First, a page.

The Group of Seven agreed to have discussions regarding the regulation of AI systems as part of the “Hiroshima AI Process” and report their results by the end of 2023.

Similar to the EU, they would like to adopt a system that bases the systems off risk.


Israel published a draft AI policy in October 2022 and is collating feedback ahead of a final decision. According to their Director of National AI planning at the Israel Innovation Authority, the nation has been working on the regulations for nearly two years.


Japan is expected to enact legislation by the end of 2023 which are likely to be more relaxed than the one planned by the EU. The privacy watchdog has previously warned AI service providers not to collect sensitive data without permission from the user and to minimize the collection of such data.

United Nations (UN)

In July 2023, the UN Security Council held its first formal discussion on AI. They addressed both military and non-military applications which could result in “serious consequences for global peace and security”.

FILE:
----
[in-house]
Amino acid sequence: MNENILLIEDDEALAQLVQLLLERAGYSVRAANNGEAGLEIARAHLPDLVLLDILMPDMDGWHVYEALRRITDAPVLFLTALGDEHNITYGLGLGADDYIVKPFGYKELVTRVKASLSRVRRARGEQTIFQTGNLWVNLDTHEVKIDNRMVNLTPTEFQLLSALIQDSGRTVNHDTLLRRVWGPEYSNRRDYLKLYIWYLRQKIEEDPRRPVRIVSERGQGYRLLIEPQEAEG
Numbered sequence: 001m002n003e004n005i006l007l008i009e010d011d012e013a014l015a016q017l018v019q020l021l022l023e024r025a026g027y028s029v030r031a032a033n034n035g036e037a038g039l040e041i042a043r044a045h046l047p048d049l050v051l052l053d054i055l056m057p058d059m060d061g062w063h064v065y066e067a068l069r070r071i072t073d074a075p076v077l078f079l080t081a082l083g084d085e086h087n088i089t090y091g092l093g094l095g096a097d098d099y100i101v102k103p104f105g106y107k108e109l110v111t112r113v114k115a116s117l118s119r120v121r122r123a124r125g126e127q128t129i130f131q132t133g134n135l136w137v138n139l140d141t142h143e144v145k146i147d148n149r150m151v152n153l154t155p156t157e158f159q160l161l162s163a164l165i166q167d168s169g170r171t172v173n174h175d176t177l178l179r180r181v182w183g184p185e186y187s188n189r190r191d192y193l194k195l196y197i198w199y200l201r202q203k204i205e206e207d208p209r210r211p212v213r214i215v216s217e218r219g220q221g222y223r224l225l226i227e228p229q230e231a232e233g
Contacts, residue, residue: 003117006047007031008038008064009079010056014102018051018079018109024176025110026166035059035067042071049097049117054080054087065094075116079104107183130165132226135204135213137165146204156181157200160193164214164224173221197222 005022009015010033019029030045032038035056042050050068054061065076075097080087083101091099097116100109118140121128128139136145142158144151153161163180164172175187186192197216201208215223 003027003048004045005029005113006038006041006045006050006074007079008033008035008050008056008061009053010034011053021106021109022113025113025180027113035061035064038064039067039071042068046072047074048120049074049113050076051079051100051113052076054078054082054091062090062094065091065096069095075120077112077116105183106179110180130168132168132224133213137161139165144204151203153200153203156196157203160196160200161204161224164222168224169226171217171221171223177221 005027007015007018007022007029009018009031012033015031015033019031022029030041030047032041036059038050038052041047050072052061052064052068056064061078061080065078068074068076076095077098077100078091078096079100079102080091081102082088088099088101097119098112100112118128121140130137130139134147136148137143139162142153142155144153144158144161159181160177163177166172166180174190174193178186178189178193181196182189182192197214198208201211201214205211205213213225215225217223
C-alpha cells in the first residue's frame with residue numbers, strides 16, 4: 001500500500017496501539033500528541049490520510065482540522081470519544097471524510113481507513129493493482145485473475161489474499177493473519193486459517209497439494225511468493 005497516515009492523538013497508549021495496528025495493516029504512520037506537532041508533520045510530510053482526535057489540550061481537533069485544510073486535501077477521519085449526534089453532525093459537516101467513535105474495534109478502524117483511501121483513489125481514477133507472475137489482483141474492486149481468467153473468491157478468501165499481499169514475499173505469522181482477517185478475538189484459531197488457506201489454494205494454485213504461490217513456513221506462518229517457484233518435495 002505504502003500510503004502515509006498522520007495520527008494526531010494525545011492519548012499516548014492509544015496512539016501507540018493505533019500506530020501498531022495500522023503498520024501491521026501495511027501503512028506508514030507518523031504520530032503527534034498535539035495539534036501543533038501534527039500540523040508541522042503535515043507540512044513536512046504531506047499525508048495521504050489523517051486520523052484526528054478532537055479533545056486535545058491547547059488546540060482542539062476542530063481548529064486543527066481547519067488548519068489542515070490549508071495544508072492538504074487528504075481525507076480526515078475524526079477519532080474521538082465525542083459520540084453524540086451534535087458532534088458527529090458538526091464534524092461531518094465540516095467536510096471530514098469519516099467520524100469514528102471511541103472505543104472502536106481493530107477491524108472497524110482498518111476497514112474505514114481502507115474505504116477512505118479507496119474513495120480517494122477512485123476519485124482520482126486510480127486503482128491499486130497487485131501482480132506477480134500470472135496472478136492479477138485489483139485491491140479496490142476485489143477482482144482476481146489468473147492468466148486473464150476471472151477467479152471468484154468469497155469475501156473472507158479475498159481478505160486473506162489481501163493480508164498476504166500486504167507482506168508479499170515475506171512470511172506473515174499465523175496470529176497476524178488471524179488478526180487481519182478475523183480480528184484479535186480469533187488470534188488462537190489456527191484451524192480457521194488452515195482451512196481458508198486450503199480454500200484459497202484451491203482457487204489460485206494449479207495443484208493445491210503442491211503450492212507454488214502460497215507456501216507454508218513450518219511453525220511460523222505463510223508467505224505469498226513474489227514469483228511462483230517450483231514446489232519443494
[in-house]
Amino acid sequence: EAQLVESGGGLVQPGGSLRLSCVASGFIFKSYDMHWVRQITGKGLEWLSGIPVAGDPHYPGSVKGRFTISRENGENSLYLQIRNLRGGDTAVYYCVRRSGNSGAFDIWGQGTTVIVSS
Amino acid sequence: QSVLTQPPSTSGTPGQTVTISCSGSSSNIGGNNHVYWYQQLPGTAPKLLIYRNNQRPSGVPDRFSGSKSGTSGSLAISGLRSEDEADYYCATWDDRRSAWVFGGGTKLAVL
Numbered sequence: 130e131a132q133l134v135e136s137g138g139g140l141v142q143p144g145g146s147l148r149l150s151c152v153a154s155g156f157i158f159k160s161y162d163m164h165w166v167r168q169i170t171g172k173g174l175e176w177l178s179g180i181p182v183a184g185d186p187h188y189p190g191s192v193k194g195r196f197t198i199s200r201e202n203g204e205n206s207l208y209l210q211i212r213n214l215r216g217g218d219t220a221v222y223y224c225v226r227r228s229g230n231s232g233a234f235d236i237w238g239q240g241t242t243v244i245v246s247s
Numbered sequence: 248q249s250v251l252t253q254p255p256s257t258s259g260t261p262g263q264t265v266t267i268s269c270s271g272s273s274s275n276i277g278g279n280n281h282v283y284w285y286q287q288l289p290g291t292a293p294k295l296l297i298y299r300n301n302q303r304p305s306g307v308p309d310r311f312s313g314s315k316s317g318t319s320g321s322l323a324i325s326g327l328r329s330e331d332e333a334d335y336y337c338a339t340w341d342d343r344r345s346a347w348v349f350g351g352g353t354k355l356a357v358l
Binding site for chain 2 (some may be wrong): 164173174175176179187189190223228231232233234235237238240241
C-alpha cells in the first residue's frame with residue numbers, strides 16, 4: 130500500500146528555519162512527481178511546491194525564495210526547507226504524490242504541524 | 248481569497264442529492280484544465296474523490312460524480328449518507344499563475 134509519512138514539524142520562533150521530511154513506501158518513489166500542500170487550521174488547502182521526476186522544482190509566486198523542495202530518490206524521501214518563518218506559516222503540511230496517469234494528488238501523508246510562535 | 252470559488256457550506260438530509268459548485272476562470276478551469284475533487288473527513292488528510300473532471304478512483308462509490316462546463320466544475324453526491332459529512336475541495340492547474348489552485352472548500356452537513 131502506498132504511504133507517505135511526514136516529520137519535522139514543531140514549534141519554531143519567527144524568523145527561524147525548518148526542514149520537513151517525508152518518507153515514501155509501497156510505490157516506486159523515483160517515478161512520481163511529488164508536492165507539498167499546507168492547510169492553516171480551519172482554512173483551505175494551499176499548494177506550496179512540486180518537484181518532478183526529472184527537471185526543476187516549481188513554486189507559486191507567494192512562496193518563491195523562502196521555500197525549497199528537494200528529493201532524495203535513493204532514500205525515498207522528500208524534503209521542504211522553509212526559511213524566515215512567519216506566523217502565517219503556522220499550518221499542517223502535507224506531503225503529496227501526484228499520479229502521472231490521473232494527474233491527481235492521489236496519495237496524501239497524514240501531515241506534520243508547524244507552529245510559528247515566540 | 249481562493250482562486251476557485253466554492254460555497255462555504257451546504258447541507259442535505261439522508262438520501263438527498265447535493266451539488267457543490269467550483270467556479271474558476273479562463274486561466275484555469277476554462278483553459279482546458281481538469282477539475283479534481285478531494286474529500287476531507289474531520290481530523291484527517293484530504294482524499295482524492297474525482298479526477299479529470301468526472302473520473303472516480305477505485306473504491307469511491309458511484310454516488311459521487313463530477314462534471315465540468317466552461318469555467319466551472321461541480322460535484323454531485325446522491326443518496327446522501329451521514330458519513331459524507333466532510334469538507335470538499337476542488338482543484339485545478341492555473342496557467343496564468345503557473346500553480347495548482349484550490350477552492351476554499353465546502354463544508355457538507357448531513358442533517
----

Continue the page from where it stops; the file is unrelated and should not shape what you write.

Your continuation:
The UN Secretary-General has announced plans to start work by the end of 2023 on an AI advisory body to review AI governance arrangements and offer insights and recommendations.


The UAE released their National Strategy for Artificial Intelligence 2031 back in early 2019. The strategy aims to improve customer services, assess government performance and increase living standards as well as to harness AI for use in transport, tourism, health and education.

The UAE’s objective is to position themselves as the global leader in artificial intelligence by 2031 and develop an integrated system that utilizes AI in vital areas in the UAE. The objectives of the UAE reaffirm their position as a global hub to AI, this increases the competitive edge of the sector in the UAE and GCC as a whole.

This style of approach allows the nation to attract talents to the country, leading research capabilities, and providing data which can further assist in effective governance and control of AI systems.